This Texas program goes the extra mile in creating a true culture of life by offering these services for up to three years postpartum, up to two years post-adoption, and even for 90 days after a miscarriage or pregnancy loss. Texas is showing that pro-life states are committed to facilitating the flourishing of women and their children beyond pregnancy and birth. The state offers care for families for years after birth or adoption and recognizes that the loss of a pregnancy is a significant grief that merits special support.

Studies show that the vast majority of women who have abortions say they would choose life were circumstances different. Indeed, women are consistently more pro-life than men. And yet, post-Dobbs, many continue to believe they have no choice but to make the heartbreaking decision to end the life of their child. We must work to ensure that every one of these women believes they have the support they need to choose life and to flourish as parents or the resources and support needed to place their child with a loving adoptive home.
It’s not all on the states to create a culture of life and to ensure that every woman has the support she needs to choose life. Individuals and non-profit organizations must join in this work as well—and post-Dobbs, that takes courage. Since March 2022, when the opinion in Dobbs was leaked, pregnancy resource centers have faced an onslaught of violence and vandalism from pro-abortion groups. CatholicVote reports that, as of June 7, 87 attacks on pregnancy resource centers have occurred since the leak. These centers are generally apolitical and exist to offer free medical care, supplies, and resources to women in need. Yet pro-abortion groups are so determined to push their message of death that they would rather these organizations shut down than women receive the help they need.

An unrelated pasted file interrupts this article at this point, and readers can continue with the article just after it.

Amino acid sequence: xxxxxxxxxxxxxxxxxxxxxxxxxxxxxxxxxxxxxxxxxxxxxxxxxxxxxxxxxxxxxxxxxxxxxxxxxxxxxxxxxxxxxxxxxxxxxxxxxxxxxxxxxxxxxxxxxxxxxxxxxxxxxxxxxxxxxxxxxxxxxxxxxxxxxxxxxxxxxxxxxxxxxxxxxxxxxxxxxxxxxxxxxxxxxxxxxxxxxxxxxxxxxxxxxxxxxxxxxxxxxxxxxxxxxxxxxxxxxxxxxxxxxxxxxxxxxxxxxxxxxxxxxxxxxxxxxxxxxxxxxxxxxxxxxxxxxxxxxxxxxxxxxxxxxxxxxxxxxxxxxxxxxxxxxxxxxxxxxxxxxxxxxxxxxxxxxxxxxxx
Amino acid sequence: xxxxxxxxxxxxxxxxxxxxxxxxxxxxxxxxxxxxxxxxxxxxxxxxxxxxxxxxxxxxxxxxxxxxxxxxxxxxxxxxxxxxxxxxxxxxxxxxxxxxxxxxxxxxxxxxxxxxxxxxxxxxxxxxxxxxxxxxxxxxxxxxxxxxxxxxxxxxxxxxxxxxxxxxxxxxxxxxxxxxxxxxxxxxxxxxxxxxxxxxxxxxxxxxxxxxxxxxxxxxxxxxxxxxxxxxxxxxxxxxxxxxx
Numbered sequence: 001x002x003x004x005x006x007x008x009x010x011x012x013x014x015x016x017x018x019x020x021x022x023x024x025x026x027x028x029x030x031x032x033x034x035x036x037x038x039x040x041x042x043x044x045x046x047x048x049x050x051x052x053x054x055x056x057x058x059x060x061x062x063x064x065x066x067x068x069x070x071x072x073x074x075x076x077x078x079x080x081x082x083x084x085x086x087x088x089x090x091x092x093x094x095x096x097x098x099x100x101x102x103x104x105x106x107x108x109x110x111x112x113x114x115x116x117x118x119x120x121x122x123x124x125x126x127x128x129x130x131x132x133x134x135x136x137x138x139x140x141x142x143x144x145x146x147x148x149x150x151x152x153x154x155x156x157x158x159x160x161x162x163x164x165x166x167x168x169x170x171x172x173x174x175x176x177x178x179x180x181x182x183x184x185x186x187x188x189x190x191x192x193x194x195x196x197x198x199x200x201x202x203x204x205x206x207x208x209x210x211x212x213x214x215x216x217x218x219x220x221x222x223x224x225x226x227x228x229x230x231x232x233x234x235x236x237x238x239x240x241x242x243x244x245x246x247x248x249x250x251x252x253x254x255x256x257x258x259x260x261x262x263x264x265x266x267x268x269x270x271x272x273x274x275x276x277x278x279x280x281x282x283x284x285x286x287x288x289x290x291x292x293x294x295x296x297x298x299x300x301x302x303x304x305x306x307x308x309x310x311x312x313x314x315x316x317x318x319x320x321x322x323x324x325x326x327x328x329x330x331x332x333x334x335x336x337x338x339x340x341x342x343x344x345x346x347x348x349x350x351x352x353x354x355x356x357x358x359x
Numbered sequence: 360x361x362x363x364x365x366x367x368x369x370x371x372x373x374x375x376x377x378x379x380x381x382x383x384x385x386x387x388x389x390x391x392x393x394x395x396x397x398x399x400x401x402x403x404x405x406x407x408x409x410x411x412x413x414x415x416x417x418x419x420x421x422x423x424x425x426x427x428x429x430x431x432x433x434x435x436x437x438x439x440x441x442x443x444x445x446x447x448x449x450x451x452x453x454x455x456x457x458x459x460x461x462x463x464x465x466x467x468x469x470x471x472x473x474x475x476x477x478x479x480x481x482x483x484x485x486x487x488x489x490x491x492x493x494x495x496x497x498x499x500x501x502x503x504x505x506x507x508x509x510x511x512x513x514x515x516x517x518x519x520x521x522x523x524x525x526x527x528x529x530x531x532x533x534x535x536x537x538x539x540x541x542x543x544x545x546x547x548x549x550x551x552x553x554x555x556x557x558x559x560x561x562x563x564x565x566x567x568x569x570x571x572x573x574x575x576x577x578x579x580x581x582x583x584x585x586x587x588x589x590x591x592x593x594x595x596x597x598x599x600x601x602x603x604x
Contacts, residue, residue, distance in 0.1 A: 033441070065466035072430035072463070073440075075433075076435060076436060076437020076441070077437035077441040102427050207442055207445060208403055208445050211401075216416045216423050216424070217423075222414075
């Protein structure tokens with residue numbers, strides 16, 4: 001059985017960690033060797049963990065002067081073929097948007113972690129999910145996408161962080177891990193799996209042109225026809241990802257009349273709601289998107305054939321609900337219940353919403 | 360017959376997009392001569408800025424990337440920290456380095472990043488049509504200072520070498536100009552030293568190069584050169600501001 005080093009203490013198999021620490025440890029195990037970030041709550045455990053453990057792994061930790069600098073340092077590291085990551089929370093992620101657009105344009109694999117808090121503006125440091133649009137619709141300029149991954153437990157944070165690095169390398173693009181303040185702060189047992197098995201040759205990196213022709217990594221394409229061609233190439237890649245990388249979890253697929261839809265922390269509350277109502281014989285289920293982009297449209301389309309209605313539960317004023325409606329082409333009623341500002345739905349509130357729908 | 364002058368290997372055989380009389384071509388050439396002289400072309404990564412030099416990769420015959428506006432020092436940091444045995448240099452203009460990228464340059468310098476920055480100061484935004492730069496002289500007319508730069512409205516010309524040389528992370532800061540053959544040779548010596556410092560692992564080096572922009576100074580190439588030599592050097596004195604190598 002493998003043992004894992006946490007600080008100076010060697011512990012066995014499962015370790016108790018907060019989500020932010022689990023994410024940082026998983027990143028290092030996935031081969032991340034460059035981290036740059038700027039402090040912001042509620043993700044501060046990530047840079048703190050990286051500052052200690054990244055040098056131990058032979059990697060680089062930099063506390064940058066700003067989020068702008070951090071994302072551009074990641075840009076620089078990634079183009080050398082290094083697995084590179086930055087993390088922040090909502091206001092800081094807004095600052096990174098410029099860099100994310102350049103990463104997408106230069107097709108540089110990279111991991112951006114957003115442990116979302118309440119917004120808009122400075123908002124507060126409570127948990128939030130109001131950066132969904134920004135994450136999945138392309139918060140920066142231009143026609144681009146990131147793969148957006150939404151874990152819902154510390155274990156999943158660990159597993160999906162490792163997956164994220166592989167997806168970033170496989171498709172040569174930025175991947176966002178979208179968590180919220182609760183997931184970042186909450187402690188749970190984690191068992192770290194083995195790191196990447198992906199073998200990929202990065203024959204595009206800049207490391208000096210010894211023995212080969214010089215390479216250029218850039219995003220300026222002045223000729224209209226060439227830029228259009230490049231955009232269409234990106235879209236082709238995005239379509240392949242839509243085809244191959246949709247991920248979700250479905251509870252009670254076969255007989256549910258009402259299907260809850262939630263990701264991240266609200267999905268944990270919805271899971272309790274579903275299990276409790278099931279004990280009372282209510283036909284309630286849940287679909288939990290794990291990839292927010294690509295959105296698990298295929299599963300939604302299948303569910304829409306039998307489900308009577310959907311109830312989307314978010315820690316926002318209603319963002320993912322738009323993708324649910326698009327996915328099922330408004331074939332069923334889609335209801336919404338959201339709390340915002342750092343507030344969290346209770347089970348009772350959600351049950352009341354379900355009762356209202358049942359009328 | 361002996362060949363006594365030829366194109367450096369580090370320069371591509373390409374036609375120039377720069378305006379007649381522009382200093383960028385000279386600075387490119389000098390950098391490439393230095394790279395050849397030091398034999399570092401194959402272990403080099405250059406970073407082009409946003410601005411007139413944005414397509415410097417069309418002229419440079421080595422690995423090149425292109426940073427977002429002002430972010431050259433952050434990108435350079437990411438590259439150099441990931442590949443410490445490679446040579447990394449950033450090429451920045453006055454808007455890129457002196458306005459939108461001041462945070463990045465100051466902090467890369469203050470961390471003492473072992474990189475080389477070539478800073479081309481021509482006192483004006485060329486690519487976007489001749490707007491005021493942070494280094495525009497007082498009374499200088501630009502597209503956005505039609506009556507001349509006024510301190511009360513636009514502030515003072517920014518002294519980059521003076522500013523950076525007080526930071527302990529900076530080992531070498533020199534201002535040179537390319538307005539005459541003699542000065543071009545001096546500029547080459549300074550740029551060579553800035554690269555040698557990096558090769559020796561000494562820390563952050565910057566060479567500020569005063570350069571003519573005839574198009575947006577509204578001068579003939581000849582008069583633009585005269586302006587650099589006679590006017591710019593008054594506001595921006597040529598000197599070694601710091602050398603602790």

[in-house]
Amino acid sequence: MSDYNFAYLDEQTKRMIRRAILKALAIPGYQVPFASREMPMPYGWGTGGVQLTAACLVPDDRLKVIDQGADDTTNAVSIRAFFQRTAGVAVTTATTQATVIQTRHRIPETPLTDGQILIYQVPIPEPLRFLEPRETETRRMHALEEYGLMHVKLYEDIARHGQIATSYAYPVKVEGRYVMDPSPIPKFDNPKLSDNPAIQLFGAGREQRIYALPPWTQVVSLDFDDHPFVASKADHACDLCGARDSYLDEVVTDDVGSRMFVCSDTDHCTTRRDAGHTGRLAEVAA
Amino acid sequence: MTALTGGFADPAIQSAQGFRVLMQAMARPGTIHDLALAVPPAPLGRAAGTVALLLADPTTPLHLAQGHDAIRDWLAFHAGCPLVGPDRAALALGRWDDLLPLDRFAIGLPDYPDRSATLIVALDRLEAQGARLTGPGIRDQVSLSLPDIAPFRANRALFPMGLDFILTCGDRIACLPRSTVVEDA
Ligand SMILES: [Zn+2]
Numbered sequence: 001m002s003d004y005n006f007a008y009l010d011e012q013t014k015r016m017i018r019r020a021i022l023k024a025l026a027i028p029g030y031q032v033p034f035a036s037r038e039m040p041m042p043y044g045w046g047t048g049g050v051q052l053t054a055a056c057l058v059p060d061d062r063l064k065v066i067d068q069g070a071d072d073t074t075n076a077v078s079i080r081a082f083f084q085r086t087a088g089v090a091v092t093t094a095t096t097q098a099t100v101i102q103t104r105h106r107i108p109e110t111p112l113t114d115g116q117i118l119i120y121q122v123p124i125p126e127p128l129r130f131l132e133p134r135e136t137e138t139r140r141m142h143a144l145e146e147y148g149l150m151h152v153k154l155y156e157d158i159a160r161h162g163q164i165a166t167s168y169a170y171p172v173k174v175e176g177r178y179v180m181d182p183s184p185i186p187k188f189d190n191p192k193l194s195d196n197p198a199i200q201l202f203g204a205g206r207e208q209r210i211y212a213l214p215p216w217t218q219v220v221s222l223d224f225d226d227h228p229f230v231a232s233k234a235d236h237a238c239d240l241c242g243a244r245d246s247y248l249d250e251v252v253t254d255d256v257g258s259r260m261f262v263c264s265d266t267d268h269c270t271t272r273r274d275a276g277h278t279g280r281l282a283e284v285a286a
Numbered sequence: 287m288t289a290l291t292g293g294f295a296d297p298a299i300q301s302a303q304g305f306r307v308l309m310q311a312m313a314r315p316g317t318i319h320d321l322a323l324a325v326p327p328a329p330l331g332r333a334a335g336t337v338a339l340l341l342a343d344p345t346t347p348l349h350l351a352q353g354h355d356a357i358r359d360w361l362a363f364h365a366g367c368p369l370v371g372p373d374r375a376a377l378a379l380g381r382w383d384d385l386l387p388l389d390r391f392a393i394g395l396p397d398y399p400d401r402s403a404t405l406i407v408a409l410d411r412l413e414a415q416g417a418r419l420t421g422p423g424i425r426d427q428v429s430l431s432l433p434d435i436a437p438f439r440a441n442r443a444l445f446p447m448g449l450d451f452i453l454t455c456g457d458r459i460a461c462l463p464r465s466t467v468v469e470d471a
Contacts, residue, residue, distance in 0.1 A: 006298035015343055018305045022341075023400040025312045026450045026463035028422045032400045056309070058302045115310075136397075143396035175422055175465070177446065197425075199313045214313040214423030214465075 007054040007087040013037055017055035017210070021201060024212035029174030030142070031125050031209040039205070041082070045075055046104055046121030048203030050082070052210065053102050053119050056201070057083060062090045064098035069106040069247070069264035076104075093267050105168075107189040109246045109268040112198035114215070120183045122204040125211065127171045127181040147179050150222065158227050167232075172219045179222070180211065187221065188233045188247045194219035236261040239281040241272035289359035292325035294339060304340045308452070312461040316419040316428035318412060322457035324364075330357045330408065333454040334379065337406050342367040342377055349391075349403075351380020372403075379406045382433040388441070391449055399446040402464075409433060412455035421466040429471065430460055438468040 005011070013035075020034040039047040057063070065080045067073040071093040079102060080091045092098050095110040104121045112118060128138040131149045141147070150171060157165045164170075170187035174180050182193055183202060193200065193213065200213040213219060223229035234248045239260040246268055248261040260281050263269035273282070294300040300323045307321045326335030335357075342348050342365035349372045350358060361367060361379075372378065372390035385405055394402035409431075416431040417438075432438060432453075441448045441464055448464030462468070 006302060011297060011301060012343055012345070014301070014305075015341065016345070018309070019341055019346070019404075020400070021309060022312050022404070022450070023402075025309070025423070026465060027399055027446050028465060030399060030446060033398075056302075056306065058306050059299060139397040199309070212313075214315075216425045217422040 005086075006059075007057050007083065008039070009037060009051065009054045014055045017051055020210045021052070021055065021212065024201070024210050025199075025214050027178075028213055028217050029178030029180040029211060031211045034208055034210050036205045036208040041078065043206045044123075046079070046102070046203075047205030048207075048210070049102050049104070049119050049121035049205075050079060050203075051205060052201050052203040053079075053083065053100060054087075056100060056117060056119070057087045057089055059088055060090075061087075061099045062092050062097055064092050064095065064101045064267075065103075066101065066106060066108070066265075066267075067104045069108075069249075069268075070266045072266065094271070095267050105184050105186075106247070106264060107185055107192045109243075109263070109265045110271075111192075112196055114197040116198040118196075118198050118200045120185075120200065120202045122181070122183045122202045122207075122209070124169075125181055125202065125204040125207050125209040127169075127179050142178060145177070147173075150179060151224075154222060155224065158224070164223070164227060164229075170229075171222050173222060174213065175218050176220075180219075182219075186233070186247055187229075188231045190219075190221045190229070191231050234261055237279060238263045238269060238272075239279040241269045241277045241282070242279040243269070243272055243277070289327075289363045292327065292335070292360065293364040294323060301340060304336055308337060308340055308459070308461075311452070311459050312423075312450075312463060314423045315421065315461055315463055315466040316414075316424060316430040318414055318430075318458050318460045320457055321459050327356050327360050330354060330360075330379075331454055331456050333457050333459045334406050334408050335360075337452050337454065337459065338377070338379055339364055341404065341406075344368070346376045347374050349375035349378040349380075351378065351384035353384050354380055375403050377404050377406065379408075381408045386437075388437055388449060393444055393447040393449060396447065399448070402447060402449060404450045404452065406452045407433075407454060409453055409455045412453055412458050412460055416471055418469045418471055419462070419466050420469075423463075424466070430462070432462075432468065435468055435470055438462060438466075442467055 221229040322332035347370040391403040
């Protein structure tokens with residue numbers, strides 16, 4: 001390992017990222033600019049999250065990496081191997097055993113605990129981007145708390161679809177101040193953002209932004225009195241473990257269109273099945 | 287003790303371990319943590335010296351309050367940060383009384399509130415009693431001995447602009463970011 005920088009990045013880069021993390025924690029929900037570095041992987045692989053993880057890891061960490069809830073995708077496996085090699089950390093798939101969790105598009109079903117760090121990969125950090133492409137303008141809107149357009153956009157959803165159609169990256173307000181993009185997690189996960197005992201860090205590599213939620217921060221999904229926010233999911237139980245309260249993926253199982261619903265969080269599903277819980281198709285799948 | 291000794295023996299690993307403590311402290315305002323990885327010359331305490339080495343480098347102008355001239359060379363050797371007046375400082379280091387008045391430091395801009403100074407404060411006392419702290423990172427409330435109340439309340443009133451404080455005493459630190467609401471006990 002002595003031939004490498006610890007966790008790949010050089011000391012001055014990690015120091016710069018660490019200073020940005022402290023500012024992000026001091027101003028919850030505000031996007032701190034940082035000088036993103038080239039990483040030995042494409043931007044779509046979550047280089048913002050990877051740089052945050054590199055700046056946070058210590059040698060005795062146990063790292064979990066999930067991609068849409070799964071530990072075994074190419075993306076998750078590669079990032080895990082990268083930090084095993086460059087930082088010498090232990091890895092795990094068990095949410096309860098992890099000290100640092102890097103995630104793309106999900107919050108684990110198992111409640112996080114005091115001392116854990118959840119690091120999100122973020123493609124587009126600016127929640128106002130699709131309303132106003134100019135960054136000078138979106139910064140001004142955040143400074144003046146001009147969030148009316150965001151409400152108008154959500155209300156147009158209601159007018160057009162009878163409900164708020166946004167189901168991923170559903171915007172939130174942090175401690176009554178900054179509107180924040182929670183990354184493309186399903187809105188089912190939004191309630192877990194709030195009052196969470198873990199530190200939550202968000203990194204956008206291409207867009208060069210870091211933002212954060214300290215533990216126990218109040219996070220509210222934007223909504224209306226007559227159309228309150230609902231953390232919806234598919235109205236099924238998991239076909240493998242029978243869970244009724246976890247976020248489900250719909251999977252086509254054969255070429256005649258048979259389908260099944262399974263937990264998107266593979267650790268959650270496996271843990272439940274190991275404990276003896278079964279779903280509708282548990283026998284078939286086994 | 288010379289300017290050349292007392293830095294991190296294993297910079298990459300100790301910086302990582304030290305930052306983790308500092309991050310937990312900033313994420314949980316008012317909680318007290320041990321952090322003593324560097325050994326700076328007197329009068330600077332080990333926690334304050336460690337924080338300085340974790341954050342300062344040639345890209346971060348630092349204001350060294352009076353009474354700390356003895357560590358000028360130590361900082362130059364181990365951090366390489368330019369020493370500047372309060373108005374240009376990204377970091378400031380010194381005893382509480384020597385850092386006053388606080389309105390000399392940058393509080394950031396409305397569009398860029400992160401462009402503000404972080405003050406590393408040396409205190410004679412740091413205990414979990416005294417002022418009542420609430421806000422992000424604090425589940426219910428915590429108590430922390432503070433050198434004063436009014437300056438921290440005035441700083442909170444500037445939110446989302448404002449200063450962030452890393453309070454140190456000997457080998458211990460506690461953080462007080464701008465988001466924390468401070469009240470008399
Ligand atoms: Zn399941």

Fortunately, centers haven’t given up. Even some centers that were so damaged that they had to close down found alternative sites to offer their free care.
This is the spirit of perseverance and hope that the pro-life movement must adopt in the months and years to come. While overturning Roe was a miraculous legal victory, the real work remains before us. Now we’re working to win over the hearts and minds of millions of Americans to support the flourishing of women and their children through pregnancy and beyond, and to bring about a true cultural shift so that abortion isn’t only unlawful but unthinkable.
Views expressed in this article are opinions of the author and do not necessarily reflect the views of The Epoch Times.
Erin Hawley is senior counsel with Alliance Defending Freedom (@ADFLegal) and served on the Mississippi legal team defending the state’s Gestational Age Act at the U.S. Supreme Court in Dobbs v. Jackson Women’s Health Organization.